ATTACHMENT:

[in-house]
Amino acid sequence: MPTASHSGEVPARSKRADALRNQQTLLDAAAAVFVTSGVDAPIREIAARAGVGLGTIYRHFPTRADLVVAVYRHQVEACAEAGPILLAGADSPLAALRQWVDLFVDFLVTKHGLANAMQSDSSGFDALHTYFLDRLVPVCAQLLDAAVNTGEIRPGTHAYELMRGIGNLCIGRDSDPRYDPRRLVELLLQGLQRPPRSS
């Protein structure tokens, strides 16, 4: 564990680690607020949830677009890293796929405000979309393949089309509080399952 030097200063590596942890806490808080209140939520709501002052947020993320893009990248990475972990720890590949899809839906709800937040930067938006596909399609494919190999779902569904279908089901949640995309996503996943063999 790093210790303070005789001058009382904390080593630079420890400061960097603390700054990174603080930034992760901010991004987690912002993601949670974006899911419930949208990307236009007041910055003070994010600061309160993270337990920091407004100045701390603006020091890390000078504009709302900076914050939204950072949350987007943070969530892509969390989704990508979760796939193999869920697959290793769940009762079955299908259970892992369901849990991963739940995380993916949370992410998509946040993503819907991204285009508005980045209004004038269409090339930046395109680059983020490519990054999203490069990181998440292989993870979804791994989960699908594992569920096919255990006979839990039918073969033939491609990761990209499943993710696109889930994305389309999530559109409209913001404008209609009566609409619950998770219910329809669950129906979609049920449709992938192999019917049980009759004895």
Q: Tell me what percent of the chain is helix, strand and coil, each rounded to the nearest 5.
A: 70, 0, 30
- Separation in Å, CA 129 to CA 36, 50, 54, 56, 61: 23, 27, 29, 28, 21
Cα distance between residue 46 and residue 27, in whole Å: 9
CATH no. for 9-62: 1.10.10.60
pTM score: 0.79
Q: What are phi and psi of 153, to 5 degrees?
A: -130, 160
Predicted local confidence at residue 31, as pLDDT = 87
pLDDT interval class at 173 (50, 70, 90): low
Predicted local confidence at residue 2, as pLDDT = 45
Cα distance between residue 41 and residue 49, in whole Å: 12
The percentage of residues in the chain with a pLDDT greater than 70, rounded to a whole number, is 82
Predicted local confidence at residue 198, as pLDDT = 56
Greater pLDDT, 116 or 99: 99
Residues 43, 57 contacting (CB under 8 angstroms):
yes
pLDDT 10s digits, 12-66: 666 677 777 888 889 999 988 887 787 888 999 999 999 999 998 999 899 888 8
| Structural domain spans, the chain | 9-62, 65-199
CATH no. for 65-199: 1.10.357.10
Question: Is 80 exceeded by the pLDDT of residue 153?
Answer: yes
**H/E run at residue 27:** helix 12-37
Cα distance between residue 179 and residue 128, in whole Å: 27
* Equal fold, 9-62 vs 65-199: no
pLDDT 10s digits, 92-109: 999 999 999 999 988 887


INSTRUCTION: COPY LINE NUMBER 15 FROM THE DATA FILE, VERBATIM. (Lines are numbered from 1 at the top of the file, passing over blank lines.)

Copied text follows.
Cα distance between residue 41 and residue 49, in whole Å: 12